Search Site

Statewide Analysis

Cost-Weighted Distance Map - American Badger. Click for larger.

Cost-Weighted Distance Map – American Badger. Click for larger.

At the statewide scale, we are looking for patterns of habitat distribution that dominate large landscapes. This can be thought of as a view of the land from 50,000 feet above the Earth’s surface. This view is interpreted through the behaviors and natural histories of some of Washington’s more mobile vertebrate wildlife, using computer models and our best understanding of what influences these species in their movement choices and the ways in which landscape features contribute to their survival and well-being. At this scale, we have analyzed the landscape with two approaches: a functional focal species approach and a structural landscape integrity approach.

The statewide analysis is a first-step toward identifying regionally important areas using relatively coarse-scale data. The analysis also helps to prioritize areas that need additional attention to address important habitat connectivity concerns at a more localized ecoregional scale, using finer-resolution data and field assessment approaches.

This statewide work was done with support from 444S Foundation, Great Northern Landscape Conservation Cooperative, Northwest Wildlife Conservation Initiative (supported by the Doris Duke Foundation), TransWild Alliance, United States Fish and Wildlife Service (State Wildlife Grants), Wilburforce Foundation, and Wildlife Conservation Society’s Wildlife Action Opportunities Fund.

Complementary Products

All files in .pdf format.

Washington Habitat Connectivity Analysis Fact Sheet

Washington Habitat Connectivity Analysis: What it is and What it is Not

Frequently Asked Questions

Washington Connected Landscapes Project: Statewide Analysis

Questions and requests for hard copies of the Executive Summary can be submitted via our Contact Us page. All files in .pdf format.

Executive Summary

Washington Statewide Habitat Connectivity Analysis. Full document is a large download, see below for individual chapter files.

Appendices (all files in .pdf format)

Data Layers

Data layers are currently available on Databasin, an interactive online mapping tool, in the Washington Connected Landscapes Project gallery. You must have a Databasin free account to view these files.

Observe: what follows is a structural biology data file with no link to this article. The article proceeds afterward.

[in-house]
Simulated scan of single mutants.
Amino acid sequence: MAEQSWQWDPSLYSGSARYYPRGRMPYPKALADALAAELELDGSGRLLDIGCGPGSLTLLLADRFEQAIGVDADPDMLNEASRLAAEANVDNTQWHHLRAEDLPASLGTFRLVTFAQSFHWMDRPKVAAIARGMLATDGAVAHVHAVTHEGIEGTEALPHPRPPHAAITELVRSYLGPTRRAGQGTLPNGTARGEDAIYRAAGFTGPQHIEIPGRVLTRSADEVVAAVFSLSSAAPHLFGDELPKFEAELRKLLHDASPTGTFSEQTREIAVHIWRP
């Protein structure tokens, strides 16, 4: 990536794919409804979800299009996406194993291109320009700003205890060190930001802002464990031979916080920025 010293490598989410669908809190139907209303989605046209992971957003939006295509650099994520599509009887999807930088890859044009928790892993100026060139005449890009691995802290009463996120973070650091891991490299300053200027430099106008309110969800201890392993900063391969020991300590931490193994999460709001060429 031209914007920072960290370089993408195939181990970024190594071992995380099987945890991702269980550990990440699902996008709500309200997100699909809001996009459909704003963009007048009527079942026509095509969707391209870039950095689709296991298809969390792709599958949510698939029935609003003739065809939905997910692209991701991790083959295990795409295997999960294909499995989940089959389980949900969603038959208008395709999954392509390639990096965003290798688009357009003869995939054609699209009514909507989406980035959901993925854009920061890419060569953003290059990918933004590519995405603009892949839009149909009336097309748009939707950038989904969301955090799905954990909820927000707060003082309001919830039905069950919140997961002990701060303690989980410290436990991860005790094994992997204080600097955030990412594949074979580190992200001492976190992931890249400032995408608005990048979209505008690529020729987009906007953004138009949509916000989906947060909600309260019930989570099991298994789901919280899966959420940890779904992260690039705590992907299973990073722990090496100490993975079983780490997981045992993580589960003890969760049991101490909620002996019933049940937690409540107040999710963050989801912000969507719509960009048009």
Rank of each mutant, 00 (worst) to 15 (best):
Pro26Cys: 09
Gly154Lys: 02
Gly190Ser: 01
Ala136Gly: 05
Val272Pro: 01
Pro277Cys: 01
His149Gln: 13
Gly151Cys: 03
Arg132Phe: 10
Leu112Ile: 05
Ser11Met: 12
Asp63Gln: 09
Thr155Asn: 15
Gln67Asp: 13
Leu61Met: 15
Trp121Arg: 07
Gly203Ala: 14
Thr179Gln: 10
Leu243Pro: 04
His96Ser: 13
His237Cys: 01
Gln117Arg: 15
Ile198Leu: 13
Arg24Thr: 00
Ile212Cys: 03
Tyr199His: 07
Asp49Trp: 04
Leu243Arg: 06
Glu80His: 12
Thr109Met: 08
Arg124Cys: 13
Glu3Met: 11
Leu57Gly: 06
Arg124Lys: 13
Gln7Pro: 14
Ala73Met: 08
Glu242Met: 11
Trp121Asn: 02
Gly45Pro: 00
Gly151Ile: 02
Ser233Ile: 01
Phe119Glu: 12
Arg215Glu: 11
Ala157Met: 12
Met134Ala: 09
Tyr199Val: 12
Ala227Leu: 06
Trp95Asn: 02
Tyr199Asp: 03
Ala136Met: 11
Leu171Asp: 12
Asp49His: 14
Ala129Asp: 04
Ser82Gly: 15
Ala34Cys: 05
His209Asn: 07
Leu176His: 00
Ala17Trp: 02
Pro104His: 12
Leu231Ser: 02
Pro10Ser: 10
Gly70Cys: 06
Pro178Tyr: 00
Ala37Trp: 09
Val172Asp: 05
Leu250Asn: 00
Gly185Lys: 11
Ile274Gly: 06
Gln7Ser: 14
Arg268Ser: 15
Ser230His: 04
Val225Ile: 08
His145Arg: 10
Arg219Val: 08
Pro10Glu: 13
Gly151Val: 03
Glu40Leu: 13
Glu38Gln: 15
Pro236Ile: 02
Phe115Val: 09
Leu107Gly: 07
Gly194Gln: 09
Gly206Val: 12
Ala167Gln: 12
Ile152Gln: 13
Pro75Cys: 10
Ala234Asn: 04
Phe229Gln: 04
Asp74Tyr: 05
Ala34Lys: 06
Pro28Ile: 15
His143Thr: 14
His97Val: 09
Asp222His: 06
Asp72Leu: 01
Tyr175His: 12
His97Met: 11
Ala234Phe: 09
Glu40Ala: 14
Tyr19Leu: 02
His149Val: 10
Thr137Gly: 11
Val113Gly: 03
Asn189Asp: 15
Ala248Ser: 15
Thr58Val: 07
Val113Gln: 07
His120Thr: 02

Four main GIS datasets will be available to the public as a result of our statewide analysis:  Base Layers, Landscape Integrity, Guilds, and Focal Species.  If you have any questions in regards to data layers please visit our contact us page.

List of all data layers currently available. This excel spreadsheet lists all data layers available for download below.

All data layers are packaged into  zip files for download.

  1. Base Layers
  2. Landscape Integrity (coming soon)
  3. Focal Species Guilds
  4. Focal Species (Individual zip files for relevant files and each focal species)
    1. Focal species HCAs, least-cost path lines, sticks
    2. Focal species resistance factors ESRI gdb format
    3. American Badger
    4. American black bear
    5. American Marten
    6. Bighorn Sheep
    7. Black-Tailed Jackrabbit
    8. Canada Lynx
    9. Elk
    10. Greater Sage-Grouse
    11. Mountain Goat
    12. Mule Deer
    13. Northern Flying Squirrel
    14. Sharp-Tailed Grouse
    15. Western Gray Squirrel
    16. Western Toad
    17. White-Tailed Jackrabbit
    18. Wolverine
The Washington Wildlife Habitat Connectivity Working Group (WHCWG) produced these data which represent a regional analysis that portrays conditions at a regional scale. Applying these data at finer, more local scales is likely to increase uncertainty in terms of accuracy and applicability for local land use decisions. However, for the scale at which they were developed, these products are state-of-the-art, peer-reviewed representations of landscape variables and connected habitat networks. Despite this, the WHCWG makes no guarantee concerning the content, accuracy, completeness, or the results obtained from queries or use of WHCWG data, other than those for which the data was developed and its intended use. The WHCWG shall not be held liable for improper or incorrect use of the data described and/or contained herein. The WHCWG model input data were obtained from a wide range of state and federal jurisdictions in the USA, as well as from Canadian federal and provincial levels of government. The WHCWG expended great effort to compile the best GIS data within constraints imposed by data development costs, available compilation sources, and available staff resources. Inherent in any data set used to develop graphical representations, are limitations of accuracy as determined by, among others, the source, scale and resolution of the data.
The products and data from this statewide analysis convey a wealth of information relevant to conservation of Washington’s wildlife and though they represent the state of the art, they rely on imperfect data, knowledge, and assumptions. We strongly suggest that readers thoroughly understand our methods and the limitations of those methods prior to applying our results. The data user should note Chapters 2 and 4 and appendices in the WHCWG December 2010 final report for further details.